In the last quarter of 2015 the Government reported twice before the Chamber of Deputies on its arms sales policy to certain Middle East countries allegedly involved in illicit arms trafficking with ISIL/Daesh. The Government also explained which measures and actions Italy has undertaken in the fight against ISIL and foreign terrorist fighters. The most salient points from the two speeches follow:
CHAMBER OF DEPUTIES, XVII LEGISLATURE, 530th MEETING, 26 NOVEMBER 2015
On 26 November 2015, the Minister of Foreign Affairs and International Cooperation, Mr Paolo Gentiloni Silveri, appeared before the Chamber of Deputies and answered a question regarding the trade in weapons between Italy and those countries of the Middle East allegedly involved with ISIL/Daesh. Mr Gentiloni Silveri explained:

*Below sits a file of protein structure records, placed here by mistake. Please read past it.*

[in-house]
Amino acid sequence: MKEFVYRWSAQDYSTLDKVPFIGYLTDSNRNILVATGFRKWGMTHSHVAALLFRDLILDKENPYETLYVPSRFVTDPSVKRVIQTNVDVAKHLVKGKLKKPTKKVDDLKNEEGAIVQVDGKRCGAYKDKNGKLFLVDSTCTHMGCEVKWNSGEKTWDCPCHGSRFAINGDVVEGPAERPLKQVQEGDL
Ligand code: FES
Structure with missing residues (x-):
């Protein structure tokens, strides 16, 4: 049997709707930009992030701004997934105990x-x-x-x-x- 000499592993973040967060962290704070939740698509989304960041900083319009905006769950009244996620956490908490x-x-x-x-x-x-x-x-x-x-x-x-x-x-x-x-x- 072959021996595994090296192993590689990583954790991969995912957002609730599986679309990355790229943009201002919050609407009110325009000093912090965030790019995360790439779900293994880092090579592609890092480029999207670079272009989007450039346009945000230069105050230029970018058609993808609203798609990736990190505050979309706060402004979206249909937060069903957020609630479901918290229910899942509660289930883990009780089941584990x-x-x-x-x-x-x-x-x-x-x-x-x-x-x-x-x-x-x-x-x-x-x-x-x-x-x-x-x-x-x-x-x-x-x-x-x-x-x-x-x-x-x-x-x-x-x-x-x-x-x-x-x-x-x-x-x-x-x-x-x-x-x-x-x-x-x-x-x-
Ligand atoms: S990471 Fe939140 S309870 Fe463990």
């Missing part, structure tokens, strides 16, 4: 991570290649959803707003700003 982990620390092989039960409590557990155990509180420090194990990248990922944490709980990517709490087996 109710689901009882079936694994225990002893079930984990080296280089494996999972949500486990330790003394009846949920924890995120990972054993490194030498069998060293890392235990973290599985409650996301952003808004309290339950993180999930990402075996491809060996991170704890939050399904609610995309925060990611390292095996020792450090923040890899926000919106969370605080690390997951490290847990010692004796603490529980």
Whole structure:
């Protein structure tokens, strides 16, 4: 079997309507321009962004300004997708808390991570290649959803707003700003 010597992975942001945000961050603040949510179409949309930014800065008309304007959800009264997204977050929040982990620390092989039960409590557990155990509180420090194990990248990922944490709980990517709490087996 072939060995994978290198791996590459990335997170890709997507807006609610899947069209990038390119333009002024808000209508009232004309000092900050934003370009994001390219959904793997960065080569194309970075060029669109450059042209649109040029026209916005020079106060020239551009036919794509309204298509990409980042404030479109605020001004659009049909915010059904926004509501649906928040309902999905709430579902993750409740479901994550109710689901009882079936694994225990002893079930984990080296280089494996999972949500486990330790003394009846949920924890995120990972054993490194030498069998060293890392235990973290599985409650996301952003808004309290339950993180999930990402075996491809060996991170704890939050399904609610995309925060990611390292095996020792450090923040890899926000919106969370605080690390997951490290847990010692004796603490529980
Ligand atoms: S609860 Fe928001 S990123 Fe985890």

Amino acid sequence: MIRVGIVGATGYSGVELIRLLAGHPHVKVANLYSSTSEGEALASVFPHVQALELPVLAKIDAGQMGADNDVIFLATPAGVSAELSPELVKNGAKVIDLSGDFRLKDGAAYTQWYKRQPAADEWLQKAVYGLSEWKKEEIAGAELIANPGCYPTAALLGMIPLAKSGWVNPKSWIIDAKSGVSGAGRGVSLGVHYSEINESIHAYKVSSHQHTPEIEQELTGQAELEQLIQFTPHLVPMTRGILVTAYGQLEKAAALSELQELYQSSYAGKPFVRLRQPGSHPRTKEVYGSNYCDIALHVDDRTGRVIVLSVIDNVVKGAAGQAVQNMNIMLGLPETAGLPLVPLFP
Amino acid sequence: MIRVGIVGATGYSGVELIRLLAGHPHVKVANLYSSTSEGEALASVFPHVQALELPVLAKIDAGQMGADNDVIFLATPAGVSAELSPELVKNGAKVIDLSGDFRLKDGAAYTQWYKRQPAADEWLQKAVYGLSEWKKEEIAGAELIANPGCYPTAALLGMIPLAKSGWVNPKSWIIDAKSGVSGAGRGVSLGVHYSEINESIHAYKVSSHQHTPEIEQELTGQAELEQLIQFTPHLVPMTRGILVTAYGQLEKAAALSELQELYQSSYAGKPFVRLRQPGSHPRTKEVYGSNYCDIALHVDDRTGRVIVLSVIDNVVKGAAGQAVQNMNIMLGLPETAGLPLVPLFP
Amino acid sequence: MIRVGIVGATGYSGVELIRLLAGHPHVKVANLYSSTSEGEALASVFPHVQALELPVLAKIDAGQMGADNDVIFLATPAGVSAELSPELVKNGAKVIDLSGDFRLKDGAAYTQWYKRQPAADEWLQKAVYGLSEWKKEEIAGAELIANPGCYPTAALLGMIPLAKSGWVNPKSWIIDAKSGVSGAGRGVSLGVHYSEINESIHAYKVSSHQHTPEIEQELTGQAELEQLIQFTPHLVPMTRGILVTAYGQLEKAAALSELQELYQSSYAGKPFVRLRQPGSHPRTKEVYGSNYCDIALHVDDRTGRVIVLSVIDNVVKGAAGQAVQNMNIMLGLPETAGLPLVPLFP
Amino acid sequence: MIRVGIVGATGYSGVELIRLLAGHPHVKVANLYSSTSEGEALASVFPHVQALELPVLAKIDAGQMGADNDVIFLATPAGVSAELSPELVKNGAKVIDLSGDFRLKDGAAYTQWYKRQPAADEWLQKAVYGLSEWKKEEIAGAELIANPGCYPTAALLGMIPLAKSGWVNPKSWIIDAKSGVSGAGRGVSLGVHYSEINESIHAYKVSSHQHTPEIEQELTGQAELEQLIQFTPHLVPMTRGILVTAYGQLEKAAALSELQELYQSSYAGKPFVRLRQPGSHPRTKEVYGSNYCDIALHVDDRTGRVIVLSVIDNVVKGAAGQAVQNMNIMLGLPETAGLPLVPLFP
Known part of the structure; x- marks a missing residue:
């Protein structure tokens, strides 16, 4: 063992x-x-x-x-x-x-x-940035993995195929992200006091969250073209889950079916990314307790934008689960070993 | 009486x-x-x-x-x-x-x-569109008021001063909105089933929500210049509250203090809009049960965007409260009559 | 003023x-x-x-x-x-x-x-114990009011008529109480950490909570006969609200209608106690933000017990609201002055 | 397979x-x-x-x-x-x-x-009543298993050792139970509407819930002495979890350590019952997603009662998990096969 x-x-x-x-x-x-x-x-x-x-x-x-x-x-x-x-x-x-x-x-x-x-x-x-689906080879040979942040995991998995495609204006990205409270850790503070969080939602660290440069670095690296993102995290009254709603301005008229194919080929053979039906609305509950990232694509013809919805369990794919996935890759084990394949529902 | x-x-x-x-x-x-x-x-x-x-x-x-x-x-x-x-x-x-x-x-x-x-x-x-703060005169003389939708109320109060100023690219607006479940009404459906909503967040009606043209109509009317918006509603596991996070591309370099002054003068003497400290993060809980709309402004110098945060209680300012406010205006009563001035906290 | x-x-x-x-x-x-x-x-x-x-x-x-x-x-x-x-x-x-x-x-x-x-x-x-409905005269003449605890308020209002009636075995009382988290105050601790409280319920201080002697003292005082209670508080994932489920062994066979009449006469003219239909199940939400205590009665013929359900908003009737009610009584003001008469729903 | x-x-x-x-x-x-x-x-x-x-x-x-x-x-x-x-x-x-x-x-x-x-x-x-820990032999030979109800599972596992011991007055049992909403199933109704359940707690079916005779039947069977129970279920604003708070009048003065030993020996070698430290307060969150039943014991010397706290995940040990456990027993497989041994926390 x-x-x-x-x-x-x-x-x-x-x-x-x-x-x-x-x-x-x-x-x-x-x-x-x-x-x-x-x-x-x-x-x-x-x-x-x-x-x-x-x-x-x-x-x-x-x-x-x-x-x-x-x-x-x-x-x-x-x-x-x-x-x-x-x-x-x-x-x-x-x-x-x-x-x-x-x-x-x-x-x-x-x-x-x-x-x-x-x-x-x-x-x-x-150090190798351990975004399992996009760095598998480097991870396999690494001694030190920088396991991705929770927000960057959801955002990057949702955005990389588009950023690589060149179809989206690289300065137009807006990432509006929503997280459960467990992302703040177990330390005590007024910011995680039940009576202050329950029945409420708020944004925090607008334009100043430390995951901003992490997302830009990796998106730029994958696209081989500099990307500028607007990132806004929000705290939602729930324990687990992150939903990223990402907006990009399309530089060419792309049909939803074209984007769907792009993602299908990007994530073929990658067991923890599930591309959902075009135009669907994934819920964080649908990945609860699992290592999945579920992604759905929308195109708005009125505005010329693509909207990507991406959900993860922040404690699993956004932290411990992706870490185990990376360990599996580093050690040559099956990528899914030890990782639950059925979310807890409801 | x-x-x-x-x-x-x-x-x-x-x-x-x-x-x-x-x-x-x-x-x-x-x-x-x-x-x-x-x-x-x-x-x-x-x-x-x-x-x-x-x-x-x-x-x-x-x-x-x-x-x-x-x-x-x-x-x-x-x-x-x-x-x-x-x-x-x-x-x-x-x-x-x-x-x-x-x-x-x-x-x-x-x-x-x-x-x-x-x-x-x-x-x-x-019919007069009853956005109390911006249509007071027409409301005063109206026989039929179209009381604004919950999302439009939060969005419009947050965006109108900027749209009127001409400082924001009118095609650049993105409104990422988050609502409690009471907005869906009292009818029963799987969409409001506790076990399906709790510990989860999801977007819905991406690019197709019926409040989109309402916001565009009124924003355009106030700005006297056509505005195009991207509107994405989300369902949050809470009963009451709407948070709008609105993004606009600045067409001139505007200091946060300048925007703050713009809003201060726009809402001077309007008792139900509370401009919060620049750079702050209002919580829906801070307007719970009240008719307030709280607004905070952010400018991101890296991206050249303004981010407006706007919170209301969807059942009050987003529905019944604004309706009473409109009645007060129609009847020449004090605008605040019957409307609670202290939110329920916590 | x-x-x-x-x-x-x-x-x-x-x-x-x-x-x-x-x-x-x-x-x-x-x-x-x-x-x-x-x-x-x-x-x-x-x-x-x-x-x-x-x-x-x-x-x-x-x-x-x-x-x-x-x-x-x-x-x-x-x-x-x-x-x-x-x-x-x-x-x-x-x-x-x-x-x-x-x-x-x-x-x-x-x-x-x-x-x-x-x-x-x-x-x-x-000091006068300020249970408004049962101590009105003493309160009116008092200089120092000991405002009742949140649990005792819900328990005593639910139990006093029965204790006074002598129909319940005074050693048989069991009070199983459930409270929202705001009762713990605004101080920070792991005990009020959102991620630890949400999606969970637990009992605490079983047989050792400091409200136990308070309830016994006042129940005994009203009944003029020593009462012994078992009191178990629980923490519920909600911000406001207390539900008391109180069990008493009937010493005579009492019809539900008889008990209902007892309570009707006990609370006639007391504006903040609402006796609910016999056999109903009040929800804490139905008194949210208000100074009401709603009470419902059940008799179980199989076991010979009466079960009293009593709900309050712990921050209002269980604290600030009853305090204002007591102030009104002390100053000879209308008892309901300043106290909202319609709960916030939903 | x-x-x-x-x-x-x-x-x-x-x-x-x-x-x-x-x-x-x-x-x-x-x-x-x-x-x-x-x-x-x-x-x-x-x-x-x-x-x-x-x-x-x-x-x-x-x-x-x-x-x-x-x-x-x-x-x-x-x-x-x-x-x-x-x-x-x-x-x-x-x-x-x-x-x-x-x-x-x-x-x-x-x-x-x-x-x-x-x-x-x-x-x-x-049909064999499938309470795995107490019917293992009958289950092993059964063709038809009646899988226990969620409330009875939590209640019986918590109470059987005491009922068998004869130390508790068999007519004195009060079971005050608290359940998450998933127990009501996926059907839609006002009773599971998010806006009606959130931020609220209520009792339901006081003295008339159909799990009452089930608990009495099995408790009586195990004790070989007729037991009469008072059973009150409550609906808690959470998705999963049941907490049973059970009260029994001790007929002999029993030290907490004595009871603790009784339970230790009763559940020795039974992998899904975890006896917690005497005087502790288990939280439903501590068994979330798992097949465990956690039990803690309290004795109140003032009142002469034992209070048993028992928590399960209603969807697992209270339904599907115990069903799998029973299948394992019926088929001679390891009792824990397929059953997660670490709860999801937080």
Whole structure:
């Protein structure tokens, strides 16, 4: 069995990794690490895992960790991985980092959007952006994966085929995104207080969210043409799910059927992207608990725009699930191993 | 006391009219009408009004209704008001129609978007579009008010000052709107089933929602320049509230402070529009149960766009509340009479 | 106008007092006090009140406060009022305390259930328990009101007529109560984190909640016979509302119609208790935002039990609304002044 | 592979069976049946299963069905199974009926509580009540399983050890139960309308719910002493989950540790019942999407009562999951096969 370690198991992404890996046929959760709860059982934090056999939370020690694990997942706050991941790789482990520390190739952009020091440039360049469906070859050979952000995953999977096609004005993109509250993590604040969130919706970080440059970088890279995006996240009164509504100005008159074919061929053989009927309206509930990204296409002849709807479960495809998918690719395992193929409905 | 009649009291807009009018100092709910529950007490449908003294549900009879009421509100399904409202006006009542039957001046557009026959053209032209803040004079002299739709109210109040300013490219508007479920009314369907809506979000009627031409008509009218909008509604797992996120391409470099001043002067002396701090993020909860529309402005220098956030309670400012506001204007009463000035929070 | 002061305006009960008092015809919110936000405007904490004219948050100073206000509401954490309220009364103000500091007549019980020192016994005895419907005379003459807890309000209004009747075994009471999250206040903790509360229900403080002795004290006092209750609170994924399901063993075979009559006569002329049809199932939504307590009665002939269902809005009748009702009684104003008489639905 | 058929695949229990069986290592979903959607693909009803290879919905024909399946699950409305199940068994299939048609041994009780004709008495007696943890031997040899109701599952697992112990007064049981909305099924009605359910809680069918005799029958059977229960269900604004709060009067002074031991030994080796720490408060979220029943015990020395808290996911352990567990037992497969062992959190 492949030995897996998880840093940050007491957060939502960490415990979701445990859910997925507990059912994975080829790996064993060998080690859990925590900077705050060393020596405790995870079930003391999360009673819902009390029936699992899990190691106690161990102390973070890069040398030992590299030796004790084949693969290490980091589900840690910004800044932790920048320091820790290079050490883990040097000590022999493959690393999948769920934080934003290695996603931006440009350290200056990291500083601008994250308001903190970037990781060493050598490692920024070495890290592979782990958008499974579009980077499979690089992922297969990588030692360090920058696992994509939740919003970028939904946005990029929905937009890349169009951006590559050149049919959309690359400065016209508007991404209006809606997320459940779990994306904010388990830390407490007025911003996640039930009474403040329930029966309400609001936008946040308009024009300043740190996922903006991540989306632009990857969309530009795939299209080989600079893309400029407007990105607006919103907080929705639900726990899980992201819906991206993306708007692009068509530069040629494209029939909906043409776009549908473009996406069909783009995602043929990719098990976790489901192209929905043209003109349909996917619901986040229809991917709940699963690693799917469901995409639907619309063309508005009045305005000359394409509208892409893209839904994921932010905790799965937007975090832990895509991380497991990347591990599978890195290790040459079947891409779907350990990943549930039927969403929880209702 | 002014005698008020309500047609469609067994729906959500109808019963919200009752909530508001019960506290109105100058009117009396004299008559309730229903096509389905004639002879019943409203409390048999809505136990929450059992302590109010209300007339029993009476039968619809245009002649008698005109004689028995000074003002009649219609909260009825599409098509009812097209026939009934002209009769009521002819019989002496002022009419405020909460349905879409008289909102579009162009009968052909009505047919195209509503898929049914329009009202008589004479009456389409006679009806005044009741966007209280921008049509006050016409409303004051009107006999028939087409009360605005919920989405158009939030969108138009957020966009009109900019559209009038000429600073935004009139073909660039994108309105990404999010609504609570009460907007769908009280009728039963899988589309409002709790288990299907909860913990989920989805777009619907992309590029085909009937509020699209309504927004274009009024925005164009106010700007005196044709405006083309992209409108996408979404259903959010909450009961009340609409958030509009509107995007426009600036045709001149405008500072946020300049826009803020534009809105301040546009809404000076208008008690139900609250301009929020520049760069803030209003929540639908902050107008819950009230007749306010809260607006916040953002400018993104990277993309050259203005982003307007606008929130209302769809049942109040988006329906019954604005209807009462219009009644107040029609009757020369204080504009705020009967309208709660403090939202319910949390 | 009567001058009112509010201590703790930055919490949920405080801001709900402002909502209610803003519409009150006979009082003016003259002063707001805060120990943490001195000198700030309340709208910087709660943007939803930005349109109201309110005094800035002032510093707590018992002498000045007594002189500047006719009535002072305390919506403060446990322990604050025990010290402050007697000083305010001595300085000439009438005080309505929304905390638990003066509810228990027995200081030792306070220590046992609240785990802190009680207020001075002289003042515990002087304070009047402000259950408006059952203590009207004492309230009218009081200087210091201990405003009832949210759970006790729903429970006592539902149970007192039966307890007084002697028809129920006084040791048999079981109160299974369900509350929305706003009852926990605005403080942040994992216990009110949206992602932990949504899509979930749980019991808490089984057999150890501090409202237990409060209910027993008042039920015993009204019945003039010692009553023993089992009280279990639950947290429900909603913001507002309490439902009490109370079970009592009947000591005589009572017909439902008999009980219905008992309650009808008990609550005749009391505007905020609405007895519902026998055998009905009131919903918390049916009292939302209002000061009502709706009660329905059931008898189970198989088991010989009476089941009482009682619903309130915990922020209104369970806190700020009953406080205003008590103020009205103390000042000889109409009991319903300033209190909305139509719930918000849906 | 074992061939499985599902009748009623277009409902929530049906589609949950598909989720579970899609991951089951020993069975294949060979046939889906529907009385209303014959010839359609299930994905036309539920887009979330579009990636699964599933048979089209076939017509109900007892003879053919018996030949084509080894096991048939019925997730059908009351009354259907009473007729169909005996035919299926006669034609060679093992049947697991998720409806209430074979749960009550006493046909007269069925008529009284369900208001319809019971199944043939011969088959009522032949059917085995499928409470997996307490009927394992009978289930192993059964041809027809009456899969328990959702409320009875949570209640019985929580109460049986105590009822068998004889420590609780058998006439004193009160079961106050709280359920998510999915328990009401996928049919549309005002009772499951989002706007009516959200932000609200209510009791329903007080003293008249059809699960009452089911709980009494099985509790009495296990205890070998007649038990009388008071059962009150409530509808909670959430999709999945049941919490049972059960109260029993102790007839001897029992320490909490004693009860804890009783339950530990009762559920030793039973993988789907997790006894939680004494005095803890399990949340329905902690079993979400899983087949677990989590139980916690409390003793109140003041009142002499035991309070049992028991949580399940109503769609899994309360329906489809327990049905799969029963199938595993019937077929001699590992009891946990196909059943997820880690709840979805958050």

[However] It is important to reiterate that Italy, obviously, acts in accordance with domestic law and EU and international rules on embargoes and prohibited weapons systems.
As concerns Saudi Arabia, which is a member of the anti Daesh coalition, I must point out that it is not at all the first destination country of our exportations. According to the briefing report to the Parliament, the most recent available data on trade, those for the year 2014, show that Saudi Arabia is the sixth country; according to the data for the previous year, which are the latest available providing a comparison with other big European countries, Italy is preceded in its exports to Riyadh by the UK, France and Germany. That is, among the four big European countries, Italy is the one exporting less to Saudi Arabia.
According to the latest data available, we have exported to Israel, a country friend to Italy, about three millions Euros, compared to 260 from Germany, 36 from France, 28 from Romania and 12 from Great Britain.
As far as countries such as Syria and Lebanon are concerned, the Italian government, clearly, fully respects the embargo on the supply of arms to these countries, which in both cases was imposed at the international level in 2011.